Basic Fine Dining Etiquette
When you go to a restaurant, etiquette is essential. There are some rules you should follow when dining in a restaurant such as do not attract attention to newly arrived guests, do not make them feel rushed, and ask them for reservations if you are dining at the bar. You should also avoid having audible conversations with co-workers and never eat in the customer’s view. In addition, you should never touch the rims of the glass or silverware or allow bottle dust to enter the glass. It is important to stay professional and always smile.
Open Hand Service
The most upscale dinners at high-end restaurants are five-course affairs that begin with an appetizer, followed by a soup, salad, and entree. Then comes dessert. Many Ormond Beach Fine Dining establishments practice Open Hand Service. In this method, servers serve the food to the left, ensuring the protein and vegetables face the guest. Whenever possible, the server should stand on his left side. This prevents the server from crossing his arms in front of the guest.
The basic steps of service begin as soon as the customer enters the establishment. As a rule, give the customers time to settle before greeting them. However, do not take too long to welcome a guest; the recommended length of time is 2 minutes. Likewise, the server should greet guests politely but not in a hurry. If the server is already busy, they should wait until the guest has had at least two minutes to greet them.
Ordering From A Menu
Using the correct etiquette can go a long way in ensuring a good dining experience. In some restaurants, basic fine dining etiquette involves eating slowly, avoiding putting utensils on the side of the plate, and not starting a business conversation before your entree is cleared. Of course, the best way to keep table manners in check is always to remember to smile and hold the gaze of your host.
When ordering from a menu, remember to mirror your companions’ orders. If you are not the most hungry, you can ask your server to suggest lighter items that will leave you satisfied. You also need to mirror the waiter’s order. In other words, order the same number of courses as your companions. In addition, make eye contact with your server and speak clearly. You should know the server’s preferences and tell him if you have any food allergies.
Reading The Table
When serving fine dining, reading the table is essential to match the guests’ pace. Each guest likes their meal at a different rate, and servers must read the table to determine if the tables are ready for the specials. If they notice a chatty table, they are probably ready for something to drink, and they won’t be prepared for the check yet. On the other hand, if they notice a moody table, they are probably not prepared for anything yet, but they should be seated for a while before being called back to the kitchen.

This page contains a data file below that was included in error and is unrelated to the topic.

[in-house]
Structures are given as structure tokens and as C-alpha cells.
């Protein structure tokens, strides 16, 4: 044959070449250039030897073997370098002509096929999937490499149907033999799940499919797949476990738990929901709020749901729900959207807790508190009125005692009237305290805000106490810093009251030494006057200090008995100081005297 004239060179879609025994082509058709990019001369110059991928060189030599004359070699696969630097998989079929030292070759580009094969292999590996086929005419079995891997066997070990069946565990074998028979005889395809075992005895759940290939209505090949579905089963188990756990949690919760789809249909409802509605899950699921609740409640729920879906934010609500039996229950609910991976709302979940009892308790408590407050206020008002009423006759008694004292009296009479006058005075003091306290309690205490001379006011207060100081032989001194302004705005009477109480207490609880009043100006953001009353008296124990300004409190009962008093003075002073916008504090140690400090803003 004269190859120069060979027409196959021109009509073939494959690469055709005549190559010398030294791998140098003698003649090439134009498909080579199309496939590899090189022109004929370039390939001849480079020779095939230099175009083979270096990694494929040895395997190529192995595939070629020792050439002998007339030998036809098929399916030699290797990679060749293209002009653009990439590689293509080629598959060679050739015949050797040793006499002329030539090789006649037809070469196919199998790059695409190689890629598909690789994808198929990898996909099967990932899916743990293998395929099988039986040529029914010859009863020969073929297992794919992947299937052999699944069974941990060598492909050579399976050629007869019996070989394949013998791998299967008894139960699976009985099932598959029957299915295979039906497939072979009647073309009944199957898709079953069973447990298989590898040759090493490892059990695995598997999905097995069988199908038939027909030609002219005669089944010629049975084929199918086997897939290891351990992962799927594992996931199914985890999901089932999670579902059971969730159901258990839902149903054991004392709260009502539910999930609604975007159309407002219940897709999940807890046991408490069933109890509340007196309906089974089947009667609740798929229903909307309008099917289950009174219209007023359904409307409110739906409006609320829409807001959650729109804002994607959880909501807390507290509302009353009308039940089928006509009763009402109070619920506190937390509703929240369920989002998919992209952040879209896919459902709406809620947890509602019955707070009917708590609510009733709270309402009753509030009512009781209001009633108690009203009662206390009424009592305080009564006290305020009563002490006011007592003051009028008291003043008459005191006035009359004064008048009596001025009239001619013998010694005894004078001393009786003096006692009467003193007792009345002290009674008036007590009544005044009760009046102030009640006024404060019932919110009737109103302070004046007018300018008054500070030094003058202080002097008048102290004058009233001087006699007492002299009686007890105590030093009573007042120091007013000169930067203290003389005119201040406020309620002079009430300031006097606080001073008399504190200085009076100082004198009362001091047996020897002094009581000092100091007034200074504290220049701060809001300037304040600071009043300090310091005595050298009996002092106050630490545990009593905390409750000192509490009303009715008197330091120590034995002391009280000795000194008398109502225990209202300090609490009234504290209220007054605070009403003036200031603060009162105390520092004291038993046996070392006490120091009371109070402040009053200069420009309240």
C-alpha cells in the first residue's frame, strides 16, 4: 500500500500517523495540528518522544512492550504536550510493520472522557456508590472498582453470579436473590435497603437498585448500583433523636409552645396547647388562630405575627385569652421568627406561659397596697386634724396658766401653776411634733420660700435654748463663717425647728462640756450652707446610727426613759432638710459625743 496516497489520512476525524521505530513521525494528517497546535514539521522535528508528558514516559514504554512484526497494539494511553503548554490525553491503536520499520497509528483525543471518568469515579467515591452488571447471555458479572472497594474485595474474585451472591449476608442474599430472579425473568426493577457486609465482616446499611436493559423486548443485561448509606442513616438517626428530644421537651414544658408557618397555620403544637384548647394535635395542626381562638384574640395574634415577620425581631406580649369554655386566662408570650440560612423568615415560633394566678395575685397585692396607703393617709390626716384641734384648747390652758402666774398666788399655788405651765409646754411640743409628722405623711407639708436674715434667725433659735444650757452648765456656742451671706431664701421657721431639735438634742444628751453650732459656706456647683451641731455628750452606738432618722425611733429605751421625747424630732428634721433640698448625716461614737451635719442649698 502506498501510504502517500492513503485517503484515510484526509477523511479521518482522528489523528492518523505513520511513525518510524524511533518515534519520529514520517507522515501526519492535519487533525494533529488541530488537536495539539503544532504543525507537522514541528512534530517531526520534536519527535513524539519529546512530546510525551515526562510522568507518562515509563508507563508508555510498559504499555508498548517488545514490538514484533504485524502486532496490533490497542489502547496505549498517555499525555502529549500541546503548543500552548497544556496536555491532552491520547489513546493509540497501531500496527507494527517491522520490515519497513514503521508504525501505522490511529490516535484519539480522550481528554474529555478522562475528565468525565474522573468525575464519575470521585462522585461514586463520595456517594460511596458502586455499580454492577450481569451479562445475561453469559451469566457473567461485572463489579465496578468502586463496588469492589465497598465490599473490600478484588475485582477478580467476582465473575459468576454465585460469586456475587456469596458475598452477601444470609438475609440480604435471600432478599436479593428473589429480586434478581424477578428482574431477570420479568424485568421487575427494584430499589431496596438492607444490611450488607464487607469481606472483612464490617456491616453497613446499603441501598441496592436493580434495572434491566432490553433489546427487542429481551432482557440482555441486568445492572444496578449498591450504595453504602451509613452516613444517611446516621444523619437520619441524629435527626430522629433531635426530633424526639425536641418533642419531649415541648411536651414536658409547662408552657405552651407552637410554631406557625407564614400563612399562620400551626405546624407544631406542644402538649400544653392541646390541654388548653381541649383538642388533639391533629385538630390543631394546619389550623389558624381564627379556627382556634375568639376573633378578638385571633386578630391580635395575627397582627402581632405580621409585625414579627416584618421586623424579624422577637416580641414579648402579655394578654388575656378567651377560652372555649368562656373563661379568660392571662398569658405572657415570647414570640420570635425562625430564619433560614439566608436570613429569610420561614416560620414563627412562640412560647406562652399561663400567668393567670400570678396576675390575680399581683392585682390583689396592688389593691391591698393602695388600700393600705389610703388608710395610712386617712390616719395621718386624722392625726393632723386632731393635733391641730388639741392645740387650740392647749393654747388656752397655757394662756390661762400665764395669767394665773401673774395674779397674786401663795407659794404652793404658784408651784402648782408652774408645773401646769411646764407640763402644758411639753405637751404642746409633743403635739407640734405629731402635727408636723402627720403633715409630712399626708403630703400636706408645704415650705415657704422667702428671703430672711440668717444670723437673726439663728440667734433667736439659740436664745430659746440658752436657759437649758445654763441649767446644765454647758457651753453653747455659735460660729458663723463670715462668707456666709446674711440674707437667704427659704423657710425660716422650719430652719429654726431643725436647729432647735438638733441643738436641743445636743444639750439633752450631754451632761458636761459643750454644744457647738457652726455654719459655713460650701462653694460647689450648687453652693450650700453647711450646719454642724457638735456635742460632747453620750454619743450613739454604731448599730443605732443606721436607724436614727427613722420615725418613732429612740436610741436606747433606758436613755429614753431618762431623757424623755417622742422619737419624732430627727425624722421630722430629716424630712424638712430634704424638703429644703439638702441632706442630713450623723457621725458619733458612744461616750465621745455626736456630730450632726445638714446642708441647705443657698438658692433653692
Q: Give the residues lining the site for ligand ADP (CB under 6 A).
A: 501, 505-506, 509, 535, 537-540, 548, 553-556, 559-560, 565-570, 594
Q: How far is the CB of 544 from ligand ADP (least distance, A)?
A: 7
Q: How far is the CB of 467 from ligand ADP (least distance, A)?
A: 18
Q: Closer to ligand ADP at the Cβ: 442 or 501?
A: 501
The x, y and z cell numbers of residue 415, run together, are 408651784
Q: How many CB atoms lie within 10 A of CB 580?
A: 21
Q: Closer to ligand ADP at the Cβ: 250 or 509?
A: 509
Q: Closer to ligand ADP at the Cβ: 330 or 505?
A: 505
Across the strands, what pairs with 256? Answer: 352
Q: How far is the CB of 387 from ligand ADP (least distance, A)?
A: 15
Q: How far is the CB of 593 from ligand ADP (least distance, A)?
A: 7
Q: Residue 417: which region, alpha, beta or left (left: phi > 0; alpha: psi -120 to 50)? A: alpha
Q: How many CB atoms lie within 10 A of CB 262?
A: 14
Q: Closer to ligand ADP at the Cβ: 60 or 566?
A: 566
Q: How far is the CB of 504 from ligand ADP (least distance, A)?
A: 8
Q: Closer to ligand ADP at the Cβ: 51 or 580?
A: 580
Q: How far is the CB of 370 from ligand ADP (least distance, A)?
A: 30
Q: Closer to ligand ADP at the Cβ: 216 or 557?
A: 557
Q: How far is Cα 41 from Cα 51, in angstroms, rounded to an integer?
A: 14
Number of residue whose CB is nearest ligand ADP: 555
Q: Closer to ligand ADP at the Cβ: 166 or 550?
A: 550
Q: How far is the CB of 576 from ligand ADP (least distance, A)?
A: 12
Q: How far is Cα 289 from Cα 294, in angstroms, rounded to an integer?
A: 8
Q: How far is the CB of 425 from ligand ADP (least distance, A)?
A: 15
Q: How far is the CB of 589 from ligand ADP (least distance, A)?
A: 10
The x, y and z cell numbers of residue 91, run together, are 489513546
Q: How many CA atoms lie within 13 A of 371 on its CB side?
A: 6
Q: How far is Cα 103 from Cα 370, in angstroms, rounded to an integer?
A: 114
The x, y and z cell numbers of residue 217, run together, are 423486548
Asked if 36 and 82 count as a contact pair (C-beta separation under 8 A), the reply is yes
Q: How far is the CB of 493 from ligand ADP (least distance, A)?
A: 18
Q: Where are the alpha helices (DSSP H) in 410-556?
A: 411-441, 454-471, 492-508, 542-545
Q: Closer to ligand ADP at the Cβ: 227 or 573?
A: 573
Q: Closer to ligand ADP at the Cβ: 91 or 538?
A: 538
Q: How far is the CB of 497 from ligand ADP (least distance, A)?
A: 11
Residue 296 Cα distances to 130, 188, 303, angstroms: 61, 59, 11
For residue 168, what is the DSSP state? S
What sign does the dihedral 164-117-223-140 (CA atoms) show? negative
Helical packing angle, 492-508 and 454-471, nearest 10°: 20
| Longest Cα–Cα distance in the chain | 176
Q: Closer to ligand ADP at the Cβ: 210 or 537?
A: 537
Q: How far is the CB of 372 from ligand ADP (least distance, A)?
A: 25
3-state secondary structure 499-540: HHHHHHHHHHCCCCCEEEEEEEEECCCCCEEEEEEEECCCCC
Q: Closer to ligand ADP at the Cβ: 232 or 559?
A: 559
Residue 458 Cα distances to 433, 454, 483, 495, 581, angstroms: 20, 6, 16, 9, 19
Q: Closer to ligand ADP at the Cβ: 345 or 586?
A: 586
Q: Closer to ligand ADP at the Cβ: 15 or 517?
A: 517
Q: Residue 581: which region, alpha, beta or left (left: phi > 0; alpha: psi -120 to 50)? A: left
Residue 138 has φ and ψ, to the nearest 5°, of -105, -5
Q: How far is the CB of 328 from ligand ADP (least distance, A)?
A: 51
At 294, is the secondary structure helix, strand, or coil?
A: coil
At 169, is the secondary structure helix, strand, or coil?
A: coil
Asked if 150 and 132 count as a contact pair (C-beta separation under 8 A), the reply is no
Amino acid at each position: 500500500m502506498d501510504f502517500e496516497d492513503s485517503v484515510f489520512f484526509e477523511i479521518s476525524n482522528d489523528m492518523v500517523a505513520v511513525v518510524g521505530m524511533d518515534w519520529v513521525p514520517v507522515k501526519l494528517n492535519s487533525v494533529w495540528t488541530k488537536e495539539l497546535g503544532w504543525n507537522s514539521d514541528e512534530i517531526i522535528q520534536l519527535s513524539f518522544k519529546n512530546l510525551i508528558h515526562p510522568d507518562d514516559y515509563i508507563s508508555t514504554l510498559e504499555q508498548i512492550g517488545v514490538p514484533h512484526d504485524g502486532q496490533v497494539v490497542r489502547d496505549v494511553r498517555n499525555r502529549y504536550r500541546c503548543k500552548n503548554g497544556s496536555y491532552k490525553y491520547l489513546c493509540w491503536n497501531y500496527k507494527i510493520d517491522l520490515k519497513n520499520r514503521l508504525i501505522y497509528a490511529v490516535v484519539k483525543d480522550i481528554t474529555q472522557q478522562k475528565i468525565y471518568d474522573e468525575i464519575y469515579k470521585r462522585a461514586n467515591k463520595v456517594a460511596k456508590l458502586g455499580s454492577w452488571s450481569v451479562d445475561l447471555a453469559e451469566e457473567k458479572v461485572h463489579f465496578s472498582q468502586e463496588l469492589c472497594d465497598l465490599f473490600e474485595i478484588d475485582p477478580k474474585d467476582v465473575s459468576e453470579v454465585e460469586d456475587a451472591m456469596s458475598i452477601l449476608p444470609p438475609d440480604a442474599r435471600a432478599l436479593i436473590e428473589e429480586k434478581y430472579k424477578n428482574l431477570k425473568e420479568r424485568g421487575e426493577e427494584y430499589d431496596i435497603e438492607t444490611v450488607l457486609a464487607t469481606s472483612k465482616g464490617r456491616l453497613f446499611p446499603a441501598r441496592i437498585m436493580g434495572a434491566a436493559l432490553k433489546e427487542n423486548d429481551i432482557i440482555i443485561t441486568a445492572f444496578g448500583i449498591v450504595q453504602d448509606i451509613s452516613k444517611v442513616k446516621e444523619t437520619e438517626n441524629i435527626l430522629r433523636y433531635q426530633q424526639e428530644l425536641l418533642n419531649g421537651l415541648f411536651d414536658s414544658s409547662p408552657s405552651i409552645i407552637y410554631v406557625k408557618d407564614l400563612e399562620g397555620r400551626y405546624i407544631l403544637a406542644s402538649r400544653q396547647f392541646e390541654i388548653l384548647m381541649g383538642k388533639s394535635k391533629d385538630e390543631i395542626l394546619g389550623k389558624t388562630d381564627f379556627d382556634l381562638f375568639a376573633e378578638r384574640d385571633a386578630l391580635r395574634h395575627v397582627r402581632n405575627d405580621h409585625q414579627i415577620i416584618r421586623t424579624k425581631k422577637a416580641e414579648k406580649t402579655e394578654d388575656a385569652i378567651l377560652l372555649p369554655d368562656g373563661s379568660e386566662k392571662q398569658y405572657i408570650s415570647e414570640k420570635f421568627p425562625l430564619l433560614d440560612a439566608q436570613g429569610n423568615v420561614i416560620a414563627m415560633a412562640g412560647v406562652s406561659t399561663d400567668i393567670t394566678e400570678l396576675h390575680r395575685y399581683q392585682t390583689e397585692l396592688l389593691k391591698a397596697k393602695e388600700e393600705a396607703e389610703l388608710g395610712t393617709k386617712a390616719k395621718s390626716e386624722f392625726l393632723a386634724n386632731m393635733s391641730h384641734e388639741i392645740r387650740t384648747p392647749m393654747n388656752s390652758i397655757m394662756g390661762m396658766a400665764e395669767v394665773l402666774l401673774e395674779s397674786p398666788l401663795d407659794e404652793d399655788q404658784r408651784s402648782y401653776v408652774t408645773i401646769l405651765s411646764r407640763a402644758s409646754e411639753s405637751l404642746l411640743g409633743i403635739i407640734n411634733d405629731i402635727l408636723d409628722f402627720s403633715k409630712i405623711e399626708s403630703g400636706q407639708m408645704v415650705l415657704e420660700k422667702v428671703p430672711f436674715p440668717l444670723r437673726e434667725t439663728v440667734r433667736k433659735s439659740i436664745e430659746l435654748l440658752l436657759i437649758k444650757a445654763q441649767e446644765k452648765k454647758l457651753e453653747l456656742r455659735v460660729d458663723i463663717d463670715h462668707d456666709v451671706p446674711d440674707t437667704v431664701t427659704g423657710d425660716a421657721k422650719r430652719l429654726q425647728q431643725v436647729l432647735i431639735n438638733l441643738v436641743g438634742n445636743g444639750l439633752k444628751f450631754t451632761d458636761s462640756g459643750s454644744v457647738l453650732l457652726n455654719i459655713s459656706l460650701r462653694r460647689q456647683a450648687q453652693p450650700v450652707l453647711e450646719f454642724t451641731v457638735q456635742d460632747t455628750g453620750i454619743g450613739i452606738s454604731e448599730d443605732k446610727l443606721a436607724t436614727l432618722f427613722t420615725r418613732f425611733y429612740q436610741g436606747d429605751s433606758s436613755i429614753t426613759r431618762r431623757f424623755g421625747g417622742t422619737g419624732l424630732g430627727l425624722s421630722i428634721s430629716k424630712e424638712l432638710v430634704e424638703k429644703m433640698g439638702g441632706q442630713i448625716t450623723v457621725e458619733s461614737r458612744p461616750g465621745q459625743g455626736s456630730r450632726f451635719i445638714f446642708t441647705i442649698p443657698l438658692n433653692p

When it comes to exemplary dining service, ladies are traditionally served first. However, a new school of thought considers this traditional service order outdated. It is generally accepted that ladies are served first, but the best way to ensure this is done correctly is to follow the guidelines set by the front-of-house manager. When serving ladies first, starting at the oldest lady at the table is traditional and working your way clockwise around the table. Once you’ve done the ladies, you will need to do another lap for the gentlemen. You can also use seat numbers as a reference.
Matching The Pace Of Your Guests
When serving your guests at a table, match the pace of your meal to theirs. If a guest falls behind, do not hurriedly order more for them. If the person at the table is eating quickly, engage them in conversation until they finish their meal. The same rule applies to a slow eater. In addition, your server should never eat or drink in front of the guests. You should also follow the protocol set by the manager.
A server must wait for all courses to be finished before clearing the table. You can tell if a guest has finished eating by looking at the silverware. It should be in the cross or vertical position, and the napkin should be on the table. In addition, you should make eye contact with your server and speak clearly. Finally, it would help if you were courteous to your server and guests, as you do not want to annoy the other guests.
Making a Reservation For Fine Dining
When making a reservation for fine dining, remember to call as far in advance as possible. Although most restaurants take reservations a few days in advance, you should always make your reservation early, preferably weeks or months before your dinner date. This will give you ample time to make other plans or work out any last-minute problems. In addition, if you are dining with a large group, you may want to call the restaurant even earlier to ensure you get a table.
Many restaurants have online reservations. You can look up the availability of the restaurant, then select a date and time that suits you. Some sites require you to provide a phone number and email address before processing your reservation. Be sure to leave a phone number that isn’t used for any other purpose than to confirm your reservation. While making a reservation online can be convenient, you should never submit personal information or your credit card number.